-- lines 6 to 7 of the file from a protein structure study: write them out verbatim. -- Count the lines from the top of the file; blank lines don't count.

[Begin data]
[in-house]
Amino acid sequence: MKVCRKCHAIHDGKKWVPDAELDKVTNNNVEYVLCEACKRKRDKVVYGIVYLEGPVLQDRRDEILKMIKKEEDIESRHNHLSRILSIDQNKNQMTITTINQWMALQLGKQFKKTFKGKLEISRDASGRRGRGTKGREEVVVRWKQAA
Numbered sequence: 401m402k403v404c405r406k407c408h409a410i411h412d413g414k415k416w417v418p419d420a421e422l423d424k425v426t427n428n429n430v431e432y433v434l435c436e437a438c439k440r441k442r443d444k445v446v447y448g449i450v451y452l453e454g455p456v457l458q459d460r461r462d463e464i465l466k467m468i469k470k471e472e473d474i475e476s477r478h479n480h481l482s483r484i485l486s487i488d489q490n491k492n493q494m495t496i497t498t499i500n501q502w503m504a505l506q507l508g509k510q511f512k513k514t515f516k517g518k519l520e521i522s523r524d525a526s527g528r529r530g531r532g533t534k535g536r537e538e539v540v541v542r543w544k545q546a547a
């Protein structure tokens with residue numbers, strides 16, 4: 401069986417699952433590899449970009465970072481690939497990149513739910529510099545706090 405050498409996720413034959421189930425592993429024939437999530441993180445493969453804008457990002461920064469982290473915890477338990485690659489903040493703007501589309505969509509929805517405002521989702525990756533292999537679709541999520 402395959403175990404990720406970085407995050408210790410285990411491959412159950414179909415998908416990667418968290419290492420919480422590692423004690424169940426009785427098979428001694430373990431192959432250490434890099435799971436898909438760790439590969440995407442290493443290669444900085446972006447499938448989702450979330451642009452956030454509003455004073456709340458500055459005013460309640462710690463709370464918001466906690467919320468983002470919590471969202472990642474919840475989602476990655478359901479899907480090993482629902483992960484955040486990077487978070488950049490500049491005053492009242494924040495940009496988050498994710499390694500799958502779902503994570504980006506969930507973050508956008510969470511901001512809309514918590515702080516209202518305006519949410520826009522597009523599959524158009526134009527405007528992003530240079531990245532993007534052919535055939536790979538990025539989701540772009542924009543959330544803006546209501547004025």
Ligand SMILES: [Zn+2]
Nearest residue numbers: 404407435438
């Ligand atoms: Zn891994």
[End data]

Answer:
Nearest residue numbers: 404407435438
């Ligand atoms: Zn891994």